• Heat exhaustion: workers showing the symptoms of heat exhaustion should be encouraged to sit or lie down in a cool, shady area, given plenty of water or other cool beverages to drink, and cooled with cold compresses or ice packs. Medical attention should be sought if signs or symptoms worsen or do not improve within an hour. The worker should not return to work that day.

  • Heat cramps: workers with heat cramp should rest in a shady, cool area and be given water or other cool beverages to drink. The worker should not be allowed to return to strenuous work until after a few hours. If the cramps do not disappear, the worker should seek medical attention.

  • Heat rash: workers with a heat rash should move to a cooler, less humid area and keep the affected area cool and dry. Calamine or lanolin lotions can relieve itching.

Solar radiation

The risks

Too much sunlight can be harmful. Sunlight contains ultraviolet (UV) radiation, which can cause sunburn, premature ageing of the skin, wrinkles, eye damage (including cataracts) and skin cancer. Skin cancer is one of the most common forms of cancer in the UK, with more than 50,000 new cases every year. The risks from solar radiation are greatest during hot weather in the summer but exposure in the rest of the year can contribute to skin damage.

Workers with the following are more vulnerable to the effects of solar radiation.

  • Fair or freckled skin that does not tan, or goes red or burns before it tans.

  • Red or fair hair and light-coloured eyes.

  • A large number of moles.

Employees in these categories who work outdoors for a long time need to take particular care.

Managing the risks

The management procedures for protecting worker from heat-related illnesses — rescheduling work to cooler times of the day, providing more frequent rest breaks, introducing shaded areas — apply equally to protecting workers from solar radiation. The dangers of exposure to solar radiation and sun protection advice should be included in routine health and safety training.

In addition, during outside activities workers should:

  • cover bare skin with lightweight but tight weave clothing, including long-sleeved shirts and long pants and, importantly, keep their tops on

  • wear a hat with a brim or a flap that covers the ears and the back of the neck eyes, forehead, nose and scalp wherever possible

  • stay in the shade when possible, during their breaks and especially at lunch time

  • check their skin regularly for any unusual moles or spots and see a doctor promptly if anything is changing in shape, size or colour, itching or bleeding

  • wear UV-absorbent sunglasses with wrap-around lenses or wide arms with the CE Mark or mention of BS EN ISO 12311:2013.

Sunscreens and sun protection factor

Employers should encourage workers to apply a sunscreen product to any part of the body they cannot cover up. Sunscreen products help prevent UV radiation from reaching the skin.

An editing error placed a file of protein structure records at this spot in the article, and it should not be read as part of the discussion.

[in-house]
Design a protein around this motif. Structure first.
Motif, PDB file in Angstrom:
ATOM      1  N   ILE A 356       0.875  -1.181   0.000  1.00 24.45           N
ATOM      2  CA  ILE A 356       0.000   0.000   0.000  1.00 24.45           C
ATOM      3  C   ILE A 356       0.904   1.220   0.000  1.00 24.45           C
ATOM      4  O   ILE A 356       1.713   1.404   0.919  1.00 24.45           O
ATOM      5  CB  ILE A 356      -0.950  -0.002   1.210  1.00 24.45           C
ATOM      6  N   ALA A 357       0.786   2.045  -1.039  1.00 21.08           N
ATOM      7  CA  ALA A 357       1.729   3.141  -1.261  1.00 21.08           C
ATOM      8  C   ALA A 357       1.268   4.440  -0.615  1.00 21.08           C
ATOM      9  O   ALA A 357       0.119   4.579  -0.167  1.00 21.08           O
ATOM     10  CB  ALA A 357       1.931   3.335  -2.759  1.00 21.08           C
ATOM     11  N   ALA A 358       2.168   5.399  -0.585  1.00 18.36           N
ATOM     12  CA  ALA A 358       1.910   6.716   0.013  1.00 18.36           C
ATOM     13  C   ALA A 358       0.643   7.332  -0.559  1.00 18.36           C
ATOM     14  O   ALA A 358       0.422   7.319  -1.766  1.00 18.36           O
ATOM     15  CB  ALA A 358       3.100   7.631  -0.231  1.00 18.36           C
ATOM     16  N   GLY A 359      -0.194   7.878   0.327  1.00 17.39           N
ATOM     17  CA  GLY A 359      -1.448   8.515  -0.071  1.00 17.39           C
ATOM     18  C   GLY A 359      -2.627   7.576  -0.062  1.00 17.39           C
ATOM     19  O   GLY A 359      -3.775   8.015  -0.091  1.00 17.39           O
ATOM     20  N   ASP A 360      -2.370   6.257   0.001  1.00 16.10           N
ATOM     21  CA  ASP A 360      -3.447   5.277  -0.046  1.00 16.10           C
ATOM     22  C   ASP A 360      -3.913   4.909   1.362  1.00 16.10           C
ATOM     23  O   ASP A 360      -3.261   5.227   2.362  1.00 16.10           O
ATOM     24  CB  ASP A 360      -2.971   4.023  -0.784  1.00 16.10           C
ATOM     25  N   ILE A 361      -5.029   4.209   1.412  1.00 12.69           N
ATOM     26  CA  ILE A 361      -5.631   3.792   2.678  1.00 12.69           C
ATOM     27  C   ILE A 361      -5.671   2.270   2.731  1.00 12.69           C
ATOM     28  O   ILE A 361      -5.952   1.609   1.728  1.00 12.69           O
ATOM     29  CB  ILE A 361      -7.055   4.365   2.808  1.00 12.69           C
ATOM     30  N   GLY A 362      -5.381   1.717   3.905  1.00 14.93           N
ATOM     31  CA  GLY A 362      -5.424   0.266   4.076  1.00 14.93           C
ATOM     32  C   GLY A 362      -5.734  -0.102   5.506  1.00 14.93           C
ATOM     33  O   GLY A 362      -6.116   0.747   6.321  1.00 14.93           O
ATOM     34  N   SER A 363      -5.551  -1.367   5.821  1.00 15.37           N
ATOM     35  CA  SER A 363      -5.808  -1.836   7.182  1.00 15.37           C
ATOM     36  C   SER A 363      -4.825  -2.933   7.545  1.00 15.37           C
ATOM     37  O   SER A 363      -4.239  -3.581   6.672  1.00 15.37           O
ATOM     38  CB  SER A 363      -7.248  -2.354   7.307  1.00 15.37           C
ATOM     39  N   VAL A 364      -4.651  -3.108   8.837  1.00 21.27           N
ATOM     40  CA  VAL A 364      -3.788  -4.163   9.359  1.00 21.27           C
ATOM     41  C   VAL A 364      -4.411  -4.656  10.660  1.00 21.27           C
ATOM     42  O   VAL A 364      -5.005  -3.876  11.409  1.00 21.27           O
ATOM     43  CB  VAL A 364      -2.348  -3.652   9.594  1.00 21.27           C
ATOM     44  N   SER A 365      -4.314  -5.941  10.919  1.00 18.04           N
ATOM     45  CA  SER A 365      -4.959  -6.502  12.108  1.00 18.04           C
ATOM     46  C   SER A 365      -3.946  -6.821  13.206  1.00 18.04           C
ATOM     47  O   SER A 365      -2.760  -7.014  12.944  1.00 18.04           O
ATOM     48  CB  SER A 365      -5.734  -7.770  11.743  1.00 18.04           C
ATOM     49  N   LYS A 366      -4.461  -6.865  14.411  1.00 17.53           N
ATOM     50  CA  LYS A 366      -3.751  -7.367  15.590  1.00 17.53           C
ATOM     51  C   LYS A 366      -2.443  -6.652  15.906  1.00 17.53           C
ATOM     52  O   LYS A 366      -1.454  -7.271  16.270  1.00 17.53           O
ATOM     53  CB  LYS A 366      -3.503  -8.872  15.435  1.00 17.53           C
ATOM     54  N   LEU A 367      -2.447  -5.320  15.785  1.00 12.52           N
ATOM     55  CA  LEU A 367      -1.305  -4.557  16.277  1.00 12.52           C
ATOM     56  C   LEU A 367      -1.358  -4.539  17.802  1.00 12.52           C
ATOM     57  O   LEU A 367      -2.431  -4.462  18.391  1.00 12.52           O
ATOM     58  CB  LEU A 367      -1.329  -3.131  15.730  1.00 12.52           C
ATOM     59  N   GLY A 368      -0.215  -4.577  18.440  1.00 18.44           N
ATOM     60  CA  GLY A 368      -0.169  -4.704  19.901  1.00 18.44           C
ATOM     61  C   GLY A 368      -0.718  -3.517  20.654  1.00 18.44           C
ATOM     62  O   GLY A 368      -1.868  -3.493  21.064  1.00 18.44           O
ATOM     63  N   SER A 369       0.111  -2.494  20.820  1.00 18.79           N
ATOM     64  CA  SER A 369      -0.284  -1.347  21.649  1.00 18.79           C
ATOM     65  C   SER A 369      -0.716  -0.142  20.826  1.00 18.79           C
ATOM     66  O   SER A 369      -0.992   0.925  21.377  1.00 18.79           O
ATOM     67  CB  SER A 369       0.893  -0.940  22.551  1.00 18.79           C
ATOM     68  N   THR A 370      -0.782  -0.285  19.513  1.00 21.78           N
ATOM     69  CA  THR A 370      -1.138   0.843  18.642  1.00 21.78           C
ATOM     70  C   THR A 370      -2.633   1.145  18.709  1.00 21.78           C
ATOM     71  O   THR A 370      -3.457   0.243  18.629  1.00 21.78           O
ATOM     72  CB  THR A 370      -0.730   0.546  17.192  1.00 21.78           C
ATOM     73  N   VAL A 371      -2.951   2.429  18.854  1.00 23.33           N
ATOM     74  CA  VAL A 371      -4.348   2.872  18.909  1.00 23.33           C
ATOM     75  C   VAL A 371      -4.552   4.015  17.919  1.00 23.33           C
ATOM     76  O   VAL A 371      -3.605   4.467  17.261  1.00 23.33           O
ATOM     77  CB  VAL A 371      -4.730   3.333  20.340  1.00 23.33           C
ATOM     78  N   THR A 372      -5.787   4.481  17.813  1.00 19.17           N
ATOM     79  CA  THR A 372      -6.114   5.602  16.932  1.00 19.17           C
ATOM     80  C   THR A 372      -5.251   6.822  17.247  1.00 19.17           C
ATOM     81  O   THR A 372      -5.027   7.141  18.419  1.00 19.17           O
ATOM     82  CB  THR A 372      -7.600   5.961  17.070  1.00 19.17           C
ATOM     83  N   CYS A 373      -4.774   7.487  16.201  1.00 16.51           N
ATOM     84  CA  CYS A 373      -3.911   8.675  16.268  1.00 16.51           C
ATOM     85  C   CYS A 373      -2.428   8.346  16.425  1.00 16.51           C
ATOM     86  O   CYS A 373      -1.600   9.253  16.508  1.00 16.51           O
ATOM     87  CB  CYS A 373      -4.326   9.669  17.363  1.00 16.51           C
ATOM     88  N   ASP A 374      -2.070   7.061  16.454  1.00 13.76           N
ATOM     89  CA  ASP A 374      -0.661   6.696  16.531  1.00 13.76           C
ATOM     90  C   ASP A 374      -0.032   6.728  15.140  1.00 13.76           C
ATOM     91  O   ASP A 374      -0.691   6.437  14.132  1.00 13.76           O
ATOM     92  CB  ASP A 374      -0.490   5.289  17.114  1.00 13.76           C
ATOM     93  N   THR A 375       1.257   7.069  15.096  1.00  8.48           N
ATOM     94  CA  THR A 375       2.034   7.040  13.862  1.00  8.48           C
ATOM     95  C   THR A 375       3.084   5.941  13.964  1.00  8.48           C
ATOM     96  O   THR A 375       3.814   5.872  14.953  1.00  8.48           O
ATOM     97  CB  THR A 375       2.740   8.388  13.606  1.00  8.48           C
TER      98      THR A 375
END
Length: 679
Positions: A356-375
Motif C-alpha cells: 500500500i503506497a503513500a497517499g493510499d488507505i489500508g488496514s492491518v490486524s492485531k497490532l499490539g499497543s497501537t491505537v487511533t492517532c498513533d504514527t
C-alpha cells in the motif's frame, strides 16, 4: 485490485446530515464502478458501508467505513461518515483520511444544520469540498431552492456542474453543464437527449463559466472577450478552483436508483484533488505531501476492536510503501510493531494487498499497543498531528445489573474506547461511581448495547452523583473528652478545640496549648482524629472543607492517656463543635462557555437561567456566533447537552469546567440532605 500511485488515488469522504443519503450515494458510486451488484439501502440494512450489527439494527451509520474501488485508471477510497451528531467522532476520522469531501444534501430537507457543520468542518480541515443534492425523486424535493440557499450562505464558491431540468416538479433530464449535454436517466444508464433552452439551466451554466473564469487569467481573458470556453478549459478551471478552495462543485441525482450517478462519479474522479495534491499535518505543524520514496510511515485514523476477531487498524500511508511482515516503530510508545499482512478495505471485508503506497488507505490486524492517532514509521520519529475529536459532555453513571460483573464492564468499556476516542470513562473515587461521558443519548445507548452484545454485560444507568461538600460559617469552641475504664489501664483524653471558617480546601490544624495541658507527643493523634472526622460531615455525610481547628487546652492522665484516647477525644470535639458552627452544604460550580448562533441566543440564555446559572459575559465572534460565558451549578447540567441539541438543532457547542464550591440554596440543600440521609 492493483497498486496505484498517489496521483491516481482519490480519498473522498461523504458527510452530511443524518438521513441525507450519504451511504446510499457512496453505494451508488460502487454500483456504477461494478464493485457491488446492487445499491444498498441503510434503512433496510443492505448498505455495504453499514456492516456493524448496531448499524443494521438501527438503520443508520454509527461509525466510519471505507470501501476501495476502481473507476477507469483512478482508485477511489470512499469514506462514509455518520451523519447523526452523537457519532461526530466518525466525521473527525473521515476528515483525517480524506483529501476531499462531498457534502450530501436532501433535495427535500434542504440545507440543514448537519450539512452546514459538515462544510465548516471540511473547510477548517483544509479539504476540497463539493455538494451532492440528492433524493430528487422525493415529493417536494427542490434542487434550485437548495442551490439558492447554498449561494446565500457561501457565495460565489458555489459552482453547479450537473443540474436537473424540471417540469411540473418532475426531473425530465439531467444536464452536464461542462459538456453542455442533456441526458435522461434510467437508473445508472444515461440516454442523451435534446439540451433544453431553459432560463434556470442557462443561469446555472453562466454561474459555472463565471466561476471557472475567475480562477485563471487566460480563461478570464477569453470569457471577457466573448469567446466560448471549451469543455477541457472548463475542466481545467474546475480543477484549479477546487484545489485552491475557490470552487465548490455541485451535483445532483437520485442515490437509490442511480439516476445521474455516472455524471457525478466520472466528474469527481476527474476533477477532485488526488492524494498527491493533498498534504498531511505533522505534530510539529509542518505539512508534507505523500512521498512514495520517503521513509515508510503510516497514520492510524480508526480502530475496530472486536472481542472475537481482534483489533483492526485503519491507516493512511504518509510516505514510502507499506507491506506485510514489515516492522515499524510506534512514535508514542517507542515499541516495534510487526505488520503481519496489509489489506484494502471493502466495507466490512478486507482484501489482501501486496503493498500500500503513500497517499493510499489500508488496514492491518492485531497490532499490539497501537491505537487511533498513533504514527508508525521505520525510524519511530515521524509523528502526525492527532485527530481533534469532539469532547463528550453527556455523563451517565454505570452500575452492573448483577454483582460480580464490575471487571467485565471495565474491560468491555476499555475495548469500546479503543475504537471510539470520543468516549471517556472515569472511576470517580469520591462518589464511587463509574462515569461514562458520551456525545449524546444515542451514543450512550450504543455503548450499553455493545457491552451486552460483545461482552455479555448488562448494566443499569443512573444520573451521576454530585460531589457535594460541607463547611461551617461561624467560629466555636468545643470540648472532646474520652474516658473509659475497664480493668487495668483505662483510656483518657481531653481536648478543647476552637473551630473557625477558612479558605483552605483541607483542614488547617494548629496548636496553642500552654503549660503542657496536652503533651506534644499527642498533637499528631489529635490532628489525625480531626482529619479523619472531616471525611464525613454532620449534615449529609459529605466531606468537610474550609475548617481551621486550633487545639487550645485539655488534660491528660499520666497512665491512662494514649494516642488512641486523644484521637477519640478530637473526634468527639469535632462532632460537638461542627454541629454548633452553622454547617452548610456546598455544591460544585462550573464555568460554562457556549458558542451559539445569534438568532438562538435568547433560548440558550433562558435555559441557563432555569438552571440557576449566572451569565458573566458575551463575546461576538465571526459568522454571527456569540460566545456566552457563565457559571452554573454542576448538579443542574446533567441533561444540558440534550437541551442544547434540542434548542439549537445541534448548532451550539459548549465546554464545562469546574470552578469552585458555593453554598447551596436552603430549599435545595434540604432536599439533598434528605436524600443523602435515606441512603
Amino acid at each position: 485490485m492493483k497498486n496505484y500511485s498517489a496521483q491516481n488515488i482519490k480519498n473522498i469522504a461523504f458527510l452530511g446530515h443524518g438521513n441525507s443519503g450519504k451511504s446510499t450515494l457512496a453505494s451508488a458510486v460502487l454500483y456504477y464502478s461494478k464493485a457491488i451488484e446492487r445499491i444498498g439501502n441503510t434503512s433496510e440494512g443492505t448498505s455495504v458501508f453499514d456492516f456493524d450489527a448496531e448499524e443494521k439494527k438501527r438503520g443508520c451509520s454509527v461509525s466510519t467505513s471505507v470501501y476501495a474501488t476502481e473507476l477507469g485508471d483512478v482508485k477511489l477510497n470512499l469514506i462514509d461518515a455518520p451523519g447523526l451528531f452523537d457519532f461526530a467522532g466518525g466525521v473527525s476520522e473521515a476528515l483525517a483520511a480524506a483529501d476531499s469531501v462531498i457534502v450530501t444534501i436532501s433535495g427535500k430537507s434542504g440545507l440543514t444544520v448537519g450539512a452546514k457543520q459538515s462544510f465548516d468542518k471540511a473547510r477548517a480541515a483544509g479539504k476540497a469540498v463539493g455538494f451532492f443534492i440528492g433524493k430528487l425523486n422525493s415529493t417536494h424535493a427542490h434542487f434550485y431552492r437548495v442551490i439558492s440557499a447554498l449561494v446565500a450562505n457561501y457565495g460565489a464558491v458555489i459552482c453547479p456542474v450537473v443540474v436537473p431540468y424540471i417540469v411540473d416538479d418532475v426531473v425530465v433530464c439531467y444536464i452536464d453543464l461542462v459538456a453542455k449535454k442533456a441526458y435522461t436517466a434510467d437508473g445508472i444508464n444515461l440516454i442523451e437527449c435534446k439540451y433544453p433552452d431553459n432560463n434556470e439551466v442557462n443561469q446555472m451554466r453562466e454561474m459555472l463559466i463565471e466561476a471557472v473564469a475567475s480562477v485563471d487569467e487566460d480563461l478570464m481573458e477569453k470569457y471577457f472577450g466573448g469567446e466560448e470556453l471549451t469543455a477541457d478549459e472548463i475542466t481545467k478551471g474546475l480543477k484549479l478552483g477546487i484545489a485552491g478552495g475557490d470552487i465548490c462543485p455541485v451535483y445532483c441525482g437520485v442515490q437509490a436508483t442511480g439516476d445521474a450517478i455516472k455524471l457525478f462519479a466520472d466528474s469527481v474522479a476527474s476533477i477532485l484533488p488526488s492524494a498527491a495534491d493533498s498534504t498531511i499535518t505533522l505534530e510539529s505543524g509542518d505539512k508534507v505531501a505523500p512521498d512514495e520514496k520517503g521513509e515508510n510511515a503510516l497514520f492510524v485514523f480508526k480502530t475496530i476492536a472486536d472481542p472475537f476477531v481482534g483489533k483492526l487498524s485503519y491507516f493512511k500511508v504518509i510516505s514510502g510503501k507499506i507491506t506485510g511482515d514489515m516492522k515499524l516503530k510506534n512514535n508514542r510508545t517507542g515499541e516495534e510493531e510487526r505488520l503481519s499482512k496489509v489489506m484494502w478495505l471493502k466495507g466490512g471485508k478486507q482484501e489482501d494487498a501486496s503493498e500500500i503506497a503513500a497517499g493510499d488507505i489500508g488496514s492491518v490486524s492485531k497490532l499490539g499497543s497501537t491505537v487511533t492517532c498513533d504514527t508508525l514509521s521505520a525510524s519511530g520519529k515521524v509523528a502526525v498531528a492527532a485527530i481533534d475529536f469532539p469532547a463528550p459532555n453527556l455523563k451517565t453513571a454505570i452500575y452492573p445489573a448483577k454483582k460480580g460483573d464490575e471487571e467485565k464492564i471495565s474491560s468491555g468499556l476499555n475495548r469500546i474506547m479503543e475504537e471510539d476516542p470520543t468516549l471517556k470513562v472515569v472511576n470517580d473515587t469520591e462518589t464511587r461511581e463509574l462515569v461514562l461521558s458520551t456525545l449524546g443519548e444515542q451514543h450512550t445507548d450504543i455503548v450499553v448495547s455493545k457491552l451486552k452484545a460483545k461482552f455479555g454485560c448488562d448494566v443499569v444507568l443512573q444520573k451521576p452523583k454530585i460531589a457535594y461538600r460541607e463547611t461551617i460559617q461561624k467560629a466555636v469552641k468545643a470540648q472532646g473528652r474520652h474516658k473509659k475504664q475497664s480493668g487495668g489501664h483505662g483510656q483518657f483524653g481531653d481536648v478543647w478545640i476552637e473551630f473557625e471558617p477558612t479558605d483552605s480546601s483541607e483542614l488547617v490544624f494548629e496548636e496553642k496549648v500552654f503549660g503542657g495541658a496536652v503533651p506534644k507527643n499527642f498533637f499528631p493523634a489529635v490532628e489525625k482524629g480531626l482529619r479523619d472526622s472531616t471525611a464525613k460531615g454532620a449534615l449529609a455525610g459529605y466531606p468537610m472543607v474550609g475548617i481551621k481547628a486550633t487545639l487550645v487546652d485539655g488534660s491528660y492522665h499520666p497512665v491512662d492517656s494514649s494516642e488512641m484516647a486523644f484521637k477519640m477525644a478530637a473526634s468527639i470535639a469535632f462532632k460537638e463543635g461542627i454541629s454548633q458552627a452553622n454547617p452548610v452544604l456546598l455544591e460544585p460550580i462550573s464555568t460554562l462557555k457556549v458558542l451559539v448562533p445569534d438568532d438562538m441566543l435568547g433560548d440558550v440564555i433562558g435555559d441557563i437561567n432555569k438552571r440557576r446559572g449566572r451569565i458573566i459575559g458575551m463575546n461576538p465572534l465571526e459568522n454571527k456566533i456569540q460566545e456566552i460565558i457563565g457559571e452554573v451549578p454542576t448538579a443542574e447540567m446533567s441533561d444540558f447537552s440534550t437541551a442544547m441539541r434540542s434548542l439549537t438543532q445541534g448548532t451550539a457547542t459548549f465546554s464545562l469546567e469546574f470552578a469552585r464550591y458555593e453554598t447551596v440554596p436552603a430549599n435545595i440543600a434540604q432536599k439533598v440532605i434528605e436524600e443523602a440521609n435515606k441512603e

Two types of UV radiation, UVA and UVB, damage the skin, age it prematurely and increase the risk of skin cancer. UVB is the chief cause of sunburn and plays a key role in the development of skin cancer: while UVA rays, which penetrate the skin more deeply, are associated with wrinkling, leathering, sagging, and other light-induced effects of ageing (photo-ageing). They also exacerbate the carcinogenic effects of UVB rays and increasingly are being seen as a cause of skin cancer themselves.

Sunscreens in the UK are labelled with an SPF (sun protection factor), which is a measure of the amount of UVB protection they provide but not of the protection against UVA. SPFs are rated on a scale of 2–50+ based on the level of protection they offer. Ratings between 2 to 14 provide the least protection and ratings of 50+ provide the strongest forms of UVB protection.

In INDG337 Sun Protection: Advice for Employers of Outdoor Workers, the Health and Safety Executive recommends the use of sunscreen of at least SPF 15. The British Association of Dermatologists advocates the use of a “high protection” sunscreen of at least SPF 30 and, because the SPF ignores any damage caused by UVA rays, the use of a broad-spectrum sunscreen that provides protection against both UVA and UVB rays.

It must be emphasised that even the strongest sunscreen should not be expected to remain effective longer than two hours without reapplication.

Don’t forget the drivers

Drivers can be overlooked because they may not be treated as indoor or outdoor workers. However, the TUC report Cool It points out that workers whose job involves driving can also suffer from fatigue, giddiness, or fainting in hot weather and be a major risk to both themselves and other people.

Employers should provide cars, vans or lorries with air conditioning and ensure it is in working order and, if a driver is likely to be stuck in traffic for any length of time, make sure they are not driving in very hot weather. Establish procedures for ensuring they always have drinking water to hand and what to do if they feel unwell.